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1999 Paramount Baseball

So I ordered 3 different boxes to break and review and to be completely honest with everyone, the 98 Gold Label retail, and 98 Upper Deck retro weren’t anything to write home about.  If you would still like a review of either or both, please leave a comment for me down below.  I’m super excited to have a lunchbox to take with me to my Elementary classroom with Griffey Jr. on it though 🙂 Now on the break that impressed me the most!

I do want to mention that a scanner will be in hand within a day or two, so please bare with the iPhone pictures for now.

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Price: $29

36 packs per box – 6 cards per pack

Pacific is famous for their inserts and numbered parallels, which I also enjoy finding in packs from the 90’s.  This box didn’t disappoint in low odd inserts and surprises!

The base set consists of 250 players and you get at the least 4 of them out of the 6 cards per pack.  I have close to the base set, however two of the players I always want to see come out of breaks (Alex Rodriguez & Ken Griffey Jr.) didn’t show up in this one!  The cards themselves have a very simplistic look to them but any foil lovers with like the gold foil names.  The color of the foil also eludes to the base or parallel set it belongs to.

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Copper Parallel- Hobby Only (1 per pack)

I received 36 of these as expected.  Nothing too different here other than the lettering.

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Team Checklists (2:37 packs) 

Despite some strange odds which all Pacific products are known for, we beat the odds here with 2; them being Brad Radke and Ben Grieve.  I can’t remember the last product that had checklists as inserts but in this case they turned out to be decent looking cards.                       More gold foil 😉

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Holographic Silver Parallel (#d to 99)

Now this parallel set really stands out with the silver foil and gold Holo Silver stamped. Andy Benes came from this box.  If I ever see an Alex Rodriguez like this I will surely jump at the chance to pick it up!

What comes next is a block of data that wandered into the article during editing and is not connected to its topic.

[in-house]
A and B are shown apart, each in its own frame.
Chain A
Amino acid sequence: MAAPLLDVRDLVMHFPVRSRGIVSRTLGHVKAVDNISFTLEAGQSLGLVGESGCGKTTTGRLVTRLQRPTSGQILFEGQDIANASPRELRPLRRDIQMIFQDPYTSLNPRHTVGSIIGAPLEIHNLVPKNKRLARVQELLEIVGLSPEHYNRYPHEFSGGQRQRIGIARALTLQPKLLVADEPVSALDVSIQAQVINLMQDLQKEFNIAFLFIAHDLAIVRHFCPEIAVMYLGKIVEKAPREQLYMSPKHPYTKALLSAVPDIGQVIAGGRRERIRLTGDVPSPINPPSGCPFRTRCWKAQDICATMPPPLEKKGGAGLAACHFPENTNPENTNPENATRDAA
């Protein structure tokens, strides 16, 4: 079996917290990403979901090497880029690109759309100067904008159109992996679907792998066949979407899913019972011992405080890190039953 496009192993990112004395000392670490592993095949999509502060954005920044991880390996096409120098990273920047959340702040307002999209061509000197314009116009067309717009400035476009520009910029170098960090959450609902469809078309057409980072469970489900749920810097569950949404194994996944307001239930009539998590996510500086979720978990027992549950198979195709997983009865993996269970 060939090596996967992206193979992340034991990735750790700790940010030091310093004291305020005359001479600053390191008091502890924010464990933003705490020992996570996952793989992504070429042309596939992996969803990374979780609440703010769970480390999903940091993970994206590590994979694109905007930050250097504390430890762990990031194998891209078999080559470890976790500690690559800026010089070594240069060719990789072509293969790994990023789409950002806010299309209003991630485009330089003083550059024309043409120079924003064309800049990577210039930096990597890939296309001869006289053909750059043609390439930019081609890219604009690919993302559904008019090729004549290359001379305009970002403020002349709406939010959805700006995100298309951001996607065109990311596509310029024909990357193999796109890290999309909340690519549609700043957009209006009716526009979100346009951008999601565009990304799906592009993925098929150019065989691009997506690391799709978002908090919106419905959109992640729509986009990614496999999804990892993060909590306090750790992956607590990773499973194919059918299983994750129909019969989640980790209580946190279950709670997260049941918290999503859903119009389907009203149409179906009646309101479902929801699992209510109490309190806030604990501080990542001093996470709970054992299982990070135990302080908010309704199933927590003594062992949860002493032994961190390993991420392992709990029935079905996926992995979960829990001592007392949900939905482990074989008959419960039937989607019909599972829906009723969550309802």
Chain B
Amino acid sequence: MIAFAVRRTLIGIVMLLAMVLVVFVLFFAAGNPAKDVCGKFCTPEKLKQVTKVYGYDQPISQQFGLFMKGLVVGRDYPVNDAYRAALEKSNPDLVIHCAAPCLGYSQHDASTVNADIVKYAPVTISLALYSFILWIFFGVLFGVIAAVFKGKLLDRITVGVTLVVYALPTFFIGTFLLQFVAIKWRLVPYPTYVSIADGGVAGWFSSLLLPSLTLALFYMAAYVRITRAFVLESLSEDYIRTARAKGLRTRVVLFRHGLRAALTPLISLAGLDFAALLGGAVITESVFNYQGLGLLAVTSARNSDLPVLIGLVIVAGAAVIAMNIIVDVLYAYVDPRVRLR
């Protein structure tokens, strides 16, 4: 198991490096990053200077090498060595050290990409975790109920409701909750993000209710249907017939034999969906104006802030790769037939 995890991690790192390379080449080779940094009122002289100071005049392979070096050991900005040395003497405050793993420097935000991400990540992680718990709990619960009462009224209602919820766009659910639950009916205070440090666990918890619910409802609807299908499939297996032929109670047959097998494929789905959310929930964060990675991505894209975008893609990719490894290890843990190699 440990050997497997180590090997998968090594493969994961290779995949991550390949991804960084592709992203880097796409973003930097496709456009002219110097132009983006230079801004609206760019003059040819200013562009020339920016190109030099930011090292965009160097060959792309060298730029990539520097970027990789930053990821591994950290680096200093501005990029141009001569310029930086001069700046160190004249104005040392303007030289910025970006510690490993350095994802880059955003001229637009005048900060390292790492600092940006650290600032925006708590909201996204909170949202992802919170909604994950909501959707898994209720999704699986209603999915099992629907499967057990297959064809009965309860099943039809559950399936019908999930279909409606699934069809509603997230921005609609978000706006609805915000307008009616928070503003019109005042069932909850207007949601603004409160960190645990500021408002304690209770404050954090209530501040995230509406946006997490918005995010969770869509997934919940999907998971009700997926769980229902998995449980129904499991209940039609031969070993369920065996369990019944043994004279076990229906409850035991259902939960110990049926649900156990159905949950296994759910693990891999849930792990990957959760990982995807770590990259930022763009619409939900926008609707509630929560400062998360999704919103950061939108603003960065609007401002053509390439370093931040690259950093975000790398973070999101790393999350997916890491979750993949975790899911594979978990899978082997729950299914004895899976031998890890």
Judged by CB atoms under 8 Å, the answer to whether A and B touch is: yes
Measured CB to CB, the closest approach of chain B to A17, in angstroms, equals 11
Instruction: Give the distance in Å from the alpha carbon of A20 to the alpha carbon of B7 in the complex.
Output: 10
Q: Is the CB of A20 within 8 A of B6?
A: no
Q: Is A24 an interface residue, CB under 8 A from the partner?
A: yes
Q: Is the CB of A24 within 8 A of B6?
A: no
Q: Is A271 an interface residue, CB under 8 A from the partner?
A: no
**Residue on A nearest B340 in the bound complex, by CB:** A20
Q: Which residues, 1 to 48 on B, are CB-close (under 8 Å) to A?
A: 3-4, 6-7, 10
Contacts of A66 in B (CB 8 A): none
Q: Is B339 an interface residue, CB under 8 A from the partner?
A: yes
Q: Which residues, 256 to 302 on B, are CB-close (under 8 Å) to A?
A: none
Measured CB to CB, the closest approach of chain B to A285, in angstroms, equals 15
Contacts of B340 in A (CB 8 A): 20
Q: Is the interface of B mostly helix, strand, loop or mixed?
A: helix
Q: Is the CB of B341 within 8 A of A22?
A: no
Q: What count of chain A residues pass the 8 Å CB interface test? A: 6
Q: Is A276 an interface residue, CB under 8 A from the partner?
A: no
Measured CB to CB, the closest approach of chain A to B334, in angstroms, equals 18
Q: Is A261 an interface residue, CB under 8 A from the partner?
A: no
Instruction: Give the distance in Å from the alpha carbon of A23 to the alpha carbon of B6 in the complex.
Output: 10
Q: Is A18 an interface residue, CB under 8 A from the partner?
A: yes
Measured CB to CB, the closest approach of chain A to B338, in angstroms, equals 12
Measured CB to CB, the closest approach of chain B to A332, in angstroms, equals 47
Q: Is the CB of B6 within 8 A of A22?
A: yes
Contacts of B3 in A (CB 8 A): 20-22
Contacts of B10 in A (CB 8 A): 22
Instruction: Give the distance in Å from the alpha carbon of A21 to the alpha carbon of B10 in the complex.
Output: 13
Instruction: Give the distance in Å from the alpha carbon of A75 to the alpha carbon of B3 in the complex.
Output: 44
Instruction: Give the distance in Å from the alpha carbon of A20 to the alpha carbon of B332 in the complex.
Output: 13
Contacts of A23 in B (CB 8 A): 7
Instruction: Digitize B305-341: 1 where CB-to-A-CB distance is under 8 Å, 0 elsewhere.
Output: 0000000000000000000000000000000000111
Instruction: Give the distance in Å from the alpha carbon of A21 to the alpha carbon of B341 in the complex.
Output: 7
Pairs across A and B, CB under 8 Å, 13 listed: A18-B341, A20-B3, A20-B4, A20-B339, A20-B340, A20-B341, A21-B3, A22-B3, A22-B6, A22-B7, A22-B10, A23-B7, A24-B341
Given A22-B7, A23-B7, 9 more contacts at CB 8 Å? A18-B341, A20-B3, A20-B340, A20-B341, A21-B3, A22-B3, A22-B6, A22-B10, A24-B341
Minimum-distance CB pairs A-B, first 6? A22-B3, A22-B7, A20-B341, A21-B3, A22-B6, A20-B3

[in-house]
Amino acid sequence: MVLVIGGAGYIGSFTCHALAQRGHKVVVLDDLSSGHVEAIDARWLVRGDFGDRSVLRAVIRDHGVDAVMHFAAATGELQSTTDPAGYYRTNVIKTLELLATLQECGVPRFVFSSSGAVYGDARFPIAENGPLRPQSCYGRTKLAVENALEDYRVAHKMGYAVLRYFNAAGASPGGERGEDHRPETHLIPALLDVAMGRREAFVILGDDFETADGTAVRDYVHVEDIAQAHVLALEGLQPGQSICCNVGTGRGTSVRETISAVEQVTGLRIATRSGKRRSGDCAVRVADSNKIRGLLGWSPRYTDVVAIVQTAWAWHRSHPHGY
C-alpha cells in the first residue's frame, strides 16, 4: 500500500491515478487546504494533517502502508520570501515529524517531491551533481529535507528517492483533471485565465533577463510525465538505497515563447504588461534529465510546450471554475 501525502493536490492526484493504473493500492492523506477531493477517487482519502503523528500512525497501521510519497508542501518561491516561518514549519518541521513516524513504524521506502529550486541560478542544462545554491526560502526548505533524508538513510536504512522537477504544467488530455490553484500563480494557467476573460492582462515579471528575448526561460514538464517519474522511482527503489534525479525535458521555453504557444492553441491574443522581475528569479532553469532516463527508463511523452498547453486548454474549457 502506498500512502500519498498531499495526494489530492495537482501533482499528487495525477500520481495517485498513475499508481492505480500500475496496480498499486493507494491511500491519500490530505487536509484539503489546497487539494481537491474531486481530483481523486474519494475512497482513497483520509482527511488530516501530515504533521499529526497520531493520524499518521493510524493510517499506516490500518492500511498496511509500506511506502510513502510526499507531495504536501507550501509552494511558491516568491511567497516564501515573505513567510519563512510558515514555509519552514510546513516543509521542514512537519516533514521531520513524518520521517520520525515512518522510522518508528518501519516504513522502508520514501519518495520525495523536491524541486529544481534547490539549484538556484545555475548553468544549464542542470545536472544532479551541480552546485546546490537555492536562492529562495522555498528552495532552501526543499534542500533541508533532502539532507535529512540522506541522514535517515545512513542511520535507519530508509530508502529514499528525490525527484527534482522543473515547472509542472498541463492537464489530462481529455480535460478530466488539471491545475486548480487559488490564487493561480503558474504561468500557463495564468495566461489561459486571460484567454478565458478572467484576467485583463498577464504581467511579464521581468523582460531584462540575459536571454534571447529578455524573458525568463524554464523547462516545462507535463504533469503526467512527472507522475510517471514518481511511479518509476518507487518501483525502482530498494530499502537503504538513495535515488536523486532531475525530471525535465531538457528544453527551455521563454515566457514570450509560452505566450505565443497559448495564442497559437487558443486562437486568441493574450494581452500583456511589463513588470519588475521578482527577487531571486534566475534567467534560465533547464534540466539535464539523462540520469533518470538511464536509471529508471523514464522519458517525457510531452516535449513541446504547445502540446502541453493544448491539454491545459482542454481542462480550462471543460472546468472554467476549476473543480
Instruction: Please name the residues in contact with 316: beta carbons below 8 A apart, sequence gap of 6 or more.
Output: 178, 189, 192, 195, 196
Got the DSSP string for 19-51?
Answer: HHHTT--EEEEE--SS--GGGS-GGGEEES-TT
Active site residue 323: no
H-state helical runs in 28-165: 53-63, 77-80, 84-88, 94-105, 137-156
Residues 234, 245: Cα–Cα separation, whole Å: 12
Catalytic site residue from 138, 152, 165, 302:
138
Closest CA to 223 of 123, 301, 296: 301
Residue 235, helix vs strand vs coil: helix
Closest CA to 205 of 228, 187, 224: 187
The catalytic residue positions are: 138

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Personal Bests (1:37 packs) 

If you haven’t picked up on the common theme of foil being the catch to this set then you can probably guess what’s coming on this next insert.  There’s a nice combination of foil and a vanilla background to make these inserts stand out.  I was pleasantly surprised to see Derek Jeter!   I tried touching this one up to make that foil pop and I think it turned out nicely.

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Fielder’s Choice Laser Cuts (1:73 packs)

I’m a really big fan of these inserts.  Pacific made them for 3 years (1998-2000) and they are each similar in the design.  Another popular look with Pacific’s inserts is the laser-cut technology.  While they weren’t the most sought after brand, they do boast some of the most uniquely designed inserts on the 90’s insert market.  Stay tuned for some examples coming up later this week 🙂  We were lucky enough to find one of these in this box of Mark McGwire, my dad’s favorite player growing up.

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Opening Day Issue Cards (1 per box)

Although this last parallel is guaranteed at one per box, I couldn’t have been happier with the player one the front of the card.  This came within the first few packs so the rest of the break was a cherry on the sundae for sure!

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There’s quite a few Thomas collectors out there so hopefully this will be able to add to their collection!

What wasn’t pulled –

Platinum Blue Parallel (1:73 Packs)

These are blue foil variations of the base cards.  Was hoping to catch a glimpse of one but perhaps one will show up in a second box someday.

Cooperstown Bound (1:361 packs)

These inserts look like this Ripken here.  Typically when you think of an insert coming in at these odds, you are looking for something that stands out a bit more.  I don’t have a Rodriguez like this coming yet, but I will once I get around to placing an order of strictly Pacific inserts of his.  If it’s worth it I’ll post a follow up.

Pacific Proofs (#d to only 20)

There are no pictures of these on eBay I could find.  Imagine what finding one of these would feel like.

Final Thoughts/Grades:

Collation: A-

I only received a few duplicates which took the place of Griffey and Alex Rodriguez lol. Other than that I’m only 20 cards or less from the base set.

Condition: A